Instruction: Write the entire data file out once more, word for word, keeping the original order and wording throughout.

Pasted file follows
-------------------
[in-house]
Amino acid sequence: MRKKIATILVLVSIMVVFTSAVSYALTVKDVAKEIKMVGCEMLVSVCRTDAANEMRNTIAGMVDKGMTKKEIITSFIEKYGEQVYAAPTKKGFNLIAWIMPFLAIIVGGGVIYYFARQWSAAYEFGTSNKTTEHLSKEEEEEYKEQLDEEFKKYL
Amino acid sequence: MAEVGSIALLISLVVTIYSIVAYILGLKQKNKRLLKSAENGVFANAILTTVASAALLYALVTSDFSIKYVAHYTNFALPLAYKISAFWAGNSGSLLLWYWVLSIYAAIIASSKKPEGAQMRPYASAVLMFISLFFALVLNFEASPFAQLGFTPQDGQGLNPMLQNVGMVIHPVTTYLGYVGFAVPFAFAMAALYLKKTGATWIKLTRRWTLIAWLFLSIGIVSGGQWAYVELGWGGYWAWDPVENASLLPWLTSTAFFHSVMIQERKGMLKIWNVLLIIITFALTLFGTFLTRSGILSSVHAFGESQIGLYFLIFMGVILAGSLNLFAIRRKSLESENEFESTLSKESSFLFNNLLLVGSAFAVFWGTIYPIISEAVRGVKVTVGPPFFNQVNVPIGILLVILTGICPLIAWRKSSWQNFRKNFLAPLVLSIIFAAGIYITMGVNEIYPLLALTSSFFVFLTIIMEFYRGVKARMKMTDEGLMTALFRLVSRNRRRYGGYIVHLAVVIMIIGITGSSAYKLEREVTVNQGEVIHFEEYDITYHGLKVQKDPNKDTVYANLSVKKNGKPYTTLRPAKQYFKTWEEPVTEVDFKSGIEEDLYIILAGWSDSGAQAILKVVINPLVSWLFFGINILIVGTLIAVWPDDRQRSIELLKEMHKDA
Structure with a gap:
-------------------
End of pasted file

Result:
[in-house]
Amino acid sequence: MRKKIATILVLVSIMVVFTSAVSYALTVKDVAKEIKMVGCEMLVSVCRTDAANEMRNTIAGMVDKGMTKKEIITSFIEKYGEQVYAAPTKKGFNLIAWIMPFLAIIVGGGVIYYFARQWSAAYEFGTSNKTTEHLSKEEEEEYKEQLDEEFKKYL
Amino acid sequence: MAEVGSIALLISLVVTIYSIVAYILGLKQKNKRLLKSAENGVFANAILTTVASAALLYALVTSDFSIKYVAHYTNFALPLAYKISAFWAGNSGSLLLWYWVLSIYAAIIASSKKPEGAQMRPYASAVLMFISLFFALVLNFEASPFAQLGFTPQDGQGLNPMLQNVGMVIHPVTTYLGYVGFAVPFAFAMAALYLKKTGATWIKLTRRWTLIAWLFLSIGIVSGGQWAYVELGWGGYWAWDPVENASLLPWLTSTAFFHSVMIQERKGMLKIWNVLLIIITFALTLFGTFLTRSGILSSVHAFGESQIGLYFLIFMGVILAGSLNLFAIRRKSLESENEFESTLSKESSFLFNNLLLVGSAFAVFWGTIYPIISEAVRGVKVTVGPPFFNQVNVPIGILLVILTGICPLIAWRKSSWQNFRKNFLAPLVLSIIFAAGIYITMGVNEIYPLLALTSSFFVFLTIIMEFYRGVKARMKMTDEGLMTALFRLVSRNRRRYGGYIVHLAVVIMIIGITGSSAYKLEREVTVNQGEVIHFEEYDITYHGLKVQKDPNKDTVYANLSVKKNGKPYTTLRPAKQYFKTWEEPVTEVDFKSGIEEDLYIILAGWSDSGAQAILKVVINPLVSWLFFGINILIVGTLIAVWPDDRQRSIELLKEMHKDA
Structure with a gap: